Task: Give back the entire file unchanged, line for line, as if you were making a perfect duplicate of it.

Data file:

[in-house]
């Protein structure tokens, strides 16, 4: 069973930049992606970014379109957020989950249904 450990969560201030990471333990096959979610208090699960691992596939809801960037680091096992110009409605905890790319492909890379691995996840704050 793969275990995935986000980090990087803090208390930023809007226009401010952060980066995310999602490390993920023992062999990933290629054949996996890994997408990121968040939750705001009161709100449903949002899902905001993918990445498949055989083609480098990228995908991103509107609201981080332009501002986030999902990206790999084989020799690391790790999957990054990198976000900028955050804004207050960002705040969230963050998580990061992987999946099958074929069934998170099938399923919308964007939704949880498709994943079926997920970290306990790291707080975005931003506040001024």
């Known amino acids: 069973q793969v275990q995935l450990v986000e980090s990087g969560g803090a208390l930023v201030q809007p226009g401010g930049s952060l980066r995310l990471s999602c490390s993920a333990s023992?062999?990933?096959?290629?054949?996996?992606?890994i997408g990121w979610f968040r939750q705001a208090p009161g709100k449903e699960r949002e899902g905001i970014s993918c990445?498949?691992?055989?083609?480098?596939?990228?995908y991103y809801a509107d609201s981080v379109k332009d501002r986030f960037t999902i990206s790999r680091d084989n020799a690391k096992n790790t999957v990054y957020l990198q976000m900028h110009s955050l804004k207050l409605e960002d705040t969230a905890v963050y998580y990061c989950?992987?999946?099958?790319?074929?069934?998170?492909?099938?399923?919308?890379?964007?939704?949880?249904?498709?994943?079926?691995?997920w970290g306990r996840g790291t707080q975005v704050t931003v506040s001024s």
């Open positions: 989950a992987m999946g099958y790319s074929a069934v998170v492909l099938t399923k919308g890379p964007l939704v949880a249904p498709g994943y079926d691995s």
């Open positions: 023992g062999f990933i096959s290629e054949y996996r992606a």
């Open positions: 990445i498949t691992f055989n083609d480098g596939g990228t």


[in-house]
């Protein structure tokens, strides 16, 4: 069973930049992606970014379109957020989950249904 450990969560201030990471333990096959979610208090699960691992596939809801960037680091096992110009409605905890790319492909890379691995996840704050 793969275990995935986000980090990087803090208390930023809007226009401010952060980066995310999602490390993920023992062999990933290629054949996996890994997408990121968040939750705001009161709100449903949002899902905001993918990445498949055989083609480098990228995908991103509107609201981080332009501002986030999902990206790999084989020799690391790790999957990054990198976000900028955050804004207050960002705040969230963050998580990061992987999946099958074929069934998170099938399923919308964007939704949880498709994943079926997920970290306990790291707080975005931003506040001024």
């Known amino acids: 069973q793969v275990q995935l450990v986000e980090s990087g969560g803090a208390l930023v201030q809007p226009g401010g930049s952060l980066r995310l990471s999602c490390s993920a333990s023992?062999?990933?096959?290629?054949?996996?992606?890994i997408g990121w979610f968040r939750q705001a208090p009161g709100k449903e699960r949002e899902g905001i970014s993918c990445?498949?691992?055989?083609?480098?596939?990228?995908y991103y809801a509107d609201s981080v379109k332009d501002r986030f960037t999902i990206s790999r680091d084989n020799a690391k096992n790790t999957v990054y957020l990198q976000m900028h110009s955050l804004k207050l409605e960002d705040t969230a905890v963050y998580y990061c989950?992987?999946?099958?790319?074929?069934?998170?492909?099938?399923?919308?890379?964007?939704?949880?249904?498709?994943?079926?691995?997920w970290g306990r996840g790291t707080q975005v704050t931003v506040s001024s």
């Open positions: 989950a992987m999946g099958y790319s074929a069934v998170v492909l099938t399923k919308g890379p964007l939704v949880a249904p498709g994943y079926d691995s």
């Open positions: 023992g062999f990933i096959s290629e054949y996996r992606a």
């Open positions: 990445i498949t691992f055989n083609d480098g596939g990228t």